One of the reasons there are no childcare places available is that there are not enough educators. One educator in Wangaratta, who’s worked in the sector since 1994, tells me she has never seen the level of educators so low. In Corryong, a tiny town in the Upper Murray, minimal childcare staff mean women are considering leaving town because they can’t return to work. They estimate that at least 10 more childcare workers are required to meet the demand. I recently met a highly trained nurse in Cudgewa who told me how badly needed she was at the local hospital, but she simply couldn’t go to work because she could not get childcare. Parents who send their children to The Lake View Children’s Centre in Mount Beauty talk about how they feel the centre is in survival mode when it comes to staffing. They’re simply not getting paid enough. One mum told me: ‘We need our childcare centres to retain quality staff to provide our children with the expert care and education they need. Access facilities and better pay for our educators should be priorities.’ And I couldn’t agree more.
I welcome the government’s commitment towards lifting the maximum childcare subsidy rate to 90 per cent for families for the first child in care and keeping higher subsidy rates for the second and additional children in care. Great work! Making child care cheaper, though, is one part of making child care more accessible. I have to emphasise that—and many of my colleagues from the regions are saying the same thing—regional communities can’t take up this cheaper child care because they’re limited by having the child care to take up. This government also needs to prioritise attracting, developing and retaining quality childcare staff to develop the workforce that will meet the demand that comes with cheaper child care, a demand that’s well and truly being felt in Indi.
We must increase the minimum award pay for childcare workers. Improving pay conditions in the childcare sector is one of the reasons why I ultimately supported the government’s secure jobs, better pay bill last year. Secondly, the government must continue to invest in training a childcare workforce. The government has agreed on a $1 billion national skills agreement, which will provide additional funding for a fee-free TAFE in 2023 to provide more training for industries just like child care, and I welcome that. A longer-term agreement aimed at driving sector reform and supporting women’s workforce participation is still being negotiated. I sincerely hope that growing the childcare workforce is directly addressed in this agreement. I also call on the government to fully implement the National Children’s Education and Care Workforce Strategy, which seeks to address recruitment, retainment and sustainability of the childcare workforce. I also welcome the upcoming comprehensive review by the Australian Competition and Consumer Commission on child care. I look forward to reading their findings and recommendations, and working with government to see them fulfilled.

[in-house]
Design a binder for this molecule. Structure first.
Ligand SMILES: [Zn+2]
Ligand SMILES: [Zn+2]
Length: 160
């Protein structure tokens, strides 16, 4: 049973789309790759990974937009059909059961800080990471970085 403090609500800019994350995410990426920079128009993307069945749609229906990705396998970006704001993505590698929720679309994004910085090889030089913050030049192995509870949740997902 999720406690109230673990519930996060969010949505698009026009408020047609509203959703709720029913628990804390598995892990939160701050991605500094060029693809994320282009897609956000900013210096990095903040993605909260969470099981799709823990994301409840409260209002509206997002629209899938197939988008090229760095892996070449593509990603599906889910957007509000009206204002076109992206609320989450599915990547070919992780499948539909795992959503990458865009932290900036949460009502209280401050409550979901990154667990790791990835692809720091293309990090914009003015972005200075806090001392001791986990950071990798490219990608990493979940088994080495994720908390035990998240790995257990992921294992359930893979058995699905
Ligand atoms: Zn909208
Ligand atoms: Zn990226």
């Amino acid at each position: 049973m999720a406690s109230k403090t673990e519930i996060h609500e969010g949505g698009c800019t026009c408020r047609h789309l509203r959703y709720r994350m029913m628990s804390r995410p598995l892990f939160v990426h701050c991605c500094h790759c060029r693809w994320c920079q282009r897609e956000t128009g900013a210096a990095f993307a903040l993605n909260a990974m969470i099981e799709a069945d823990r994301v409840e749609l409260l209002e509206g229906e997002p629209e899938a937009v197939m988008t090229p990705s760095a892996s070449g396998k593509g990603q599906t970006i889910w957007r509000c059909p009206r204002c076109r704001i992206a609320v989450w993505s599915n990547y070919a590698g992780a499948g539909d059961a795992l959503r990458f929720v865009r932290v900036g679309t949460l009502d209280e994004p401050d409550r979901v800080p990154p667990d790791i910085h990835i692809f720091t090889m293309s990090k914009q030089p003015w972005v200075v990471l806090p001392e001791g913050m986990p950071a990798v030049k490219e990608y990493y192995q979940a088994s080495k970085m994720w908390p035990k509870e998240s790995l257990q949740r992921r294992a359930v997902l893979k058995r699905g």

Thirdly, and finally, I call on the government to look at the many intersecting factors causing worker shortages, including childcare workers, in regional and rural Australia and placing enormous pressure on families. One factor I consistently hear about is the lack of affordable housing. The government’s upcoming housing legislative package aims to address affordable housing. I’ll be closely watching how this package will prioritise affordable housing and affordable rentals in regional and rural areas. If this doesn’t happen, critical sectors like child care will continue to suffer along with all the flow-on effects this has for small communities. I look forward to working with the government on how this package can truly deliver for regional electorates like Indi.
The Paid Parental Leave Amendment (Improvements for Families and Gender Equality) Bill 2022 is a very important reform in family policy, gender equity, and child and parent health. I commend this bill to the House.